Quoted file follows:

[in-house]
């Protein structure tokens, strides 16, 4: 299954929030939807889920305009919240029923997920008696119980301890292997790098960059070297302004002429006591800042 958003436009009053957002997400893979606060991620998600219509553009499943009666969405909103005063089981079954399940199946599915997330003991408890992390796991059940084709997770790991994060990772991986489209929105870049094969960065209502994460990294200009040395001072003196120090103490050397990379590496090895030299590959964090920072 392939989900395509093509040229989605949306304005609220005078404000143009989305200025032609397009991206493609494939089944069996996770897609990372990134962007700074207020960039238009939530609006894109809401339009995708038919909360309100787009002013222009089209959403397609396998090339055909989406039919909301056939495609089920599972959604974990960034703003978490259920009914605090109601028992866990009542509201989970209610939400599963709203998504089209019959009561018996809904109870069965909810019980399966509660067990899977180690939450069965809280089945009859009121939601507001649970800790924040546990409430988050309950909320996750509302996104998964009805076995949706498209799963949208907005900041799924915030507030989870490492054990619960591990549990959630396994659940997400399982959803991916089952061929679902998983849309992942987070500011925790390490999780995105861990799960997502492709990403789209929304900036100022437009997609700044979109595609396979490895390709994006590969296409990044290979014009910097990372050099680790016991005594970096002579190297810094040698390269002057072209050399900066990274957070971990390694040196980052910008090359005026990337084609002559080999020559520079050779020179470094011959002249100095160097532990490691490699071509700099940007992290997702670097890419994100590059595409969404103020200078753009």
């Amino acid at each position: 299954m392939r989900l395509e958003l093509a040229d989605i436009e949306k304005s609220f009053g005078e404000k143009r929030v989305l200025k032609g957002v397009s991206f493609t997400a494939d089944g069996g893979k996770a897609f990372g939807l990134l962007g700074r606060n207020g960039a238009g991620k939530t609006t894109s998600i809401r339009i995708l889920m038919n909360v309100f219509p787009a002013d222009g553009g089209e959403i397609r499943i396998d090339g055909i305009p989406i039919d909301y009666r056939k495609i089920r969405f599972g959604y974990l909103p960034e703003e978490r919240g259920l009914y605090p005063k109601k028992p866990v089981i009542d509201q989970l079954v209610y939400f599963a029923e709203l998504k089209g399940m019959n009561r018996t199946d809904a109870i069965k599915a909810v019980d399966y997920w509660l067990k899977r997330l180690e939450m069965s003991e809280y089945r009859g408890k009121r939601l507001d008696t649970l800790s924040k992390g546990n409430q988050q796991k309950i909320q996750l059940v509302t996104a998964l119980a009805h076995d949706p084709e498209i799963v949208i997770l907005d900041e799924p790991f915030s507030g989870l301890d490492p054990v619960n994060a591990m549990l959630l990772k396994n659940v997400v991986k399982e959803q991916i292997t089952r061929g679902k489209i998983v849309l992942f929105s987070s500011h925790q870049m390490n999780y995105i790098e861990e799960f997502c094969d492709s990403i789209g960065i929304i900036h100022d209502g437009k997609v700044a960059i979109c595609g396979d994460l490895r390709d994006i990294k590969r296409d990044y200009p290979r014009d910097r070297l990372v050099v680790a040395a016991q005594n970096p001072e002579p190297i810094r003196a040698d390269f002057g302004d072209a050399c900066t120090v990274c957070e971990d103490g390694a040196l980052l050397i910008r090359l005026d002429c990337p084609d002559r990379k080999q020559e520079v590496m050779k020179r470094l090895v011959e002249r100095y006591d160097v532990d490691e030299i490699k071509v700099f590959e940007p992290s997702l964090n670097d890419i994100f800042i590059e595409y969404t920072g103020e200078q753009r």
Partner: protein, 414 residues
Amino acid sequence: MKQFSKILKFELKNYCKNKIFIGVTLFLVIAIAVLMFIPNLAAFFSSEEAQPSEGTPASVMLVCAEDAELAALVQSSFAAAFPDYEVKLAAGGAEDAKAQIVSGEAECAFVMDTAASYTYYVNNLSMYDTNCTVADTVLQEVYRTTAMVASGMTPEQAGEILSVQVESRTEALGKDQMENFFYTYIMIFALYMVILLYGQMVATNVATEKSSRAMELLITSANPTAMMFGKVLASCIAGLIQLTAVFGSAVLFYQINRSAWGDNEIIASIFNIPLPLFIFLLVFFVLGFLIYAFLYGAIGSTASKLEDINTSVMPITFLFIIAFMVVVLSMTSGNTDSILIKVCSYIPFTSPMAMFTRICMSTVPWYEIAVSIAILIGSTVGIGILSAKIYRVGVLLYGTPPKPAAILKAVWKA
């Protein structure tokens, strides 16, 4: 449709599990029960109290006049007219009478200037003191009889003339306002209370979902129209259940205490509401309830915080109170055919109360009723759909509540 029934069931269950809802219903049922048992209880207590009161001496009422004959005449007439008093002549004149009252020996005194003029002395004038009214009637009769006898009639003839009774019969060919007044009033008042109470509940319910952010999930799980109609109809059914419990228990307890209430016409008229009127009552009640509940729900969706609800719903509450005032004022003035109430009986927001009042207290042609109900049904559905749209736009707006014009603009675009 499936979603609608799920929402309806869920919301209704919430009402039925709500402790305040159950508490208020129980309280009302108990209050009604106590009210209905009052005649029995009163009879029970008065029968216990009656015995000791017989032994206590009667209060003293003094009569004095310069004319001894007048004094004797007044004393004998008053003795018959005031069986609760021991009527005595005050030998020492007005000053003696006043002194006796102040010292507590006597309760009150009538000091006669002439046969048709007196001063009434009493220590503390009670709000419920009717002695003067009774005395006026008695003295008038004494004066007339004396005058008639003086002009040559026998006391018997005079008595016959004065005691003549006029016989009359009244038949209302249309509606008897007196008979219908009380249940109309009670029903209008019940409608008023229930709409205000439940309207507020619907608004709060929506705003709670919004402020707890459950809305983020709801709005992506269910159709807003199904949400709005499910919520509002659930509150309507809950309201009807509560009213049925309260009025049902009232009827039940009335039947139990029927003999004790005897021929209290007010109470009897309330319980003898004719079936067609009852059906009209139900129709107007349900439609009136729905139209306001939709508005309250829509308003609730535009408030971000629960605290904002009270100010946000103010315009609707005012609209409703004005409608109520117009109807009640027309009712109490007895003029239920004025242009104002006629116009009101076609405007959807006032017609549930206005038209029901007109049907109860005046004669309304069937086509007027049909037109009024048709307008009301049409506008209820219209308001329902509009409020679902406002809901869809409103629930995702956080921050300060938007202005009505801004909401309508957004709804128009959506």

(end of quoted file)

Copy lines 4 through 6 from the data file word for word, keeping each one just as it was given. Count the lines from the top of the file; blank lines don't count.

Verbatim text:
Partner: protein, 414 residues
Amino acid sequence: MKQFSKILKFELKNYCKNKIFIGVTLFLVIAIAVLMFIPNLAAFFSSEEAQPSEGTPASVMLVCAEDAELAALVQSSFAAAFPDYEVKLAAGGAEDAKAQIVSGEAECAFVMDTAASYTYYVNNLSMYDTNCTVADTVLQEVYRTTAMVASGMTPEQAGEILSVQVESRTEALGKDQMENFFYTYIMIFALYMVILLYGQMVATNVATEKSSRAMELLITSANPTAMMFGKVLASCIAGLIQLTAVFGSAVLFYQINRSAWGDNEIIASIFNIPLPLFIFLLVFFVLGFLIYAFLYGAIGSTASKLEDINTSVMPITFLFIIAFMVVVLSMTSGNTDSILIKVCSYIPFTSPMAMFTRICMSTVPWYEIAVSIAILIGSTVGIGILSAKIYRVGVLLYGTPPKPAAILKAVWKA
């Protein structure tokens, strides 16, 4: 449709599990029960109290006049007219009478200037003191009889003339306002209370979902129209259940205490509401309830915080109170055919109360009723759909509540 029934069931269950809802219903049922048992209880207590009161001496009422004959005449007439008093002549004149009252020996005194003029002395004038009214009637009769006898009639003839009774019969060919007044009033008042109470509940319910952010999930799980109609109809059914419990228990307890209430016409008229009127009552009640509940729900969706609800719903509450005032004022003035109430009986927001009042207290042609109900049904559905749209736009707006014009603009675009 499936979603609608799920929402309806869920919301209704919430009402039925709500402790305040159950508490208020129980309280009302108990209050009604106590009210209905009052005649029995009163009879029970008065029968216990009656015995000791017989032994206590009667209060003293003094009569004095310069004319001894007048004094004797007044004393004998008053003795018959005031069986609760021991009527005595005050030998020492007005000053003696006043002194006796102040010292507590006597309760009150009538000091006669002439046969048709007196001063009434009493220590503390009670709000419920009717002695003067009774005395006026008695003295008038004494004066007339004396005058008639003086002009040559026998006391018997005079008595016959004065005691003549006029016989009359009244038949209302249309509606008897007196008979219908009380249940109309009670029903209008019940409608008023229930709409205000439940309207507020619907608004709060929506705003709670919004402020707890459950809305983020709801709005992506269910159709807003199904949400709005499910919520509002659930509150309507809950309201009807509560009213049925309260009025049902009232009827039940009335039947139990029927003999004790005897021929209290007010109470009897309330319980003898004719079936067609009852059906009209139900129709107007349900439609009136729905139209306001939709508005309250829509308003609730535009408030971000629960605290904002009270100010946000103010315009609707005012609209409703004005409608109520117009109807009640027309009712109490007895003029239920004025242009104002006629116009009101076609405007959807006032017609549930206005038209029901007109049907109860005046004669309304069937086509007027049909037109009024048709307008009301049409506008209820219209308001329902509009409020679902406002809901869809409103629930995702956080921050300060938007202005009505801004909401309508957004709804128009959506």